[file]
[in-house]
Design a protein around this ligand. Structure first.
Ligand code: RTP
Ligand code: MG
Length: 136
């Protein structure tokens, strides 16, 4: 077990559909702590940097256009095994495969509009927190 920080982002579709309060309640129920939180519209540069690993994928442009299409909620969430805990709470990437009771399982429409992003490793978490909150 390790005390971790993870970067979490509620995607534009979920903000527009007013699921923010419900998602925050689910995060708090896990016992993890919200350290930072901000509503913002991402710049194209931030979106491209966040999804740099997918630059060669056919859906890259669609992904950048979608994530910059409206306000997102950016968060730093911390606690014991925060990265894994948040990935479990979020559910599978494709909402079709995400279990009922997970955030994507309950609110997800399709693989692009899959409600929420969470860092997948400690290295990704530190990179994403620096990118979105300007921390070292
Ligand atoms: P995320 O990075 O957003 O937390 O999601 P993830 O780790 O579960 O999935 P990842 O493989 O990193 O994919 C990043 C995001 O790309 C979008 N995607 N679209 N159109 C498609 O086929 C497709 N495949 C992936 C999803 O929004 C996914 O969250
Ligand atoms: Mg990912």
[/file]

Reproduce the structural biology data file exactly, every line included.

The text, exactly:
[in-house]
Design a protein around this ligand. Structure first.
Ligand code: RTP
Ligand code: MG
Length: 136
């Protein structure tokens, strides 16, 4: 077990559909702590940097256009095994495969509009927190 920080982002579709309060309640129920939180519209540069690993994928442009299409909620969430805990709470990437009771399982429409992003490793978490909150 390790005390971790993870970067979490509620995607534009979920903000527009007013699921923010419900998602925050689910995060708090896990016992993890919200350290930072901000509503913002991402710049194209931030979106491209966040999804740099997918630059060669056919859906890259669609992904950048979608994530910059409206306000997102950016968060730093911390606690014991925060990265894994948040990935479990979020559910599978494709909402079709995400279990009922997970955030994507309950609110997800399709693989692009899959409600929420969470860092997948400690290295990704530190990179994403620096990118979105300007921390070292
Ligand atoms: P995320 O990075 O957003 O937390 O999601 P993830 O780790 O579960 O999935 P990842 O493989 O990193 O994919 C990043 C995001 O790309 C979008 N995607 N679209 N159109 C498609 O086929 C497709 N495949 C992936 C999803 O929004 C996914 O969250
Ligand atoms: Mg990912």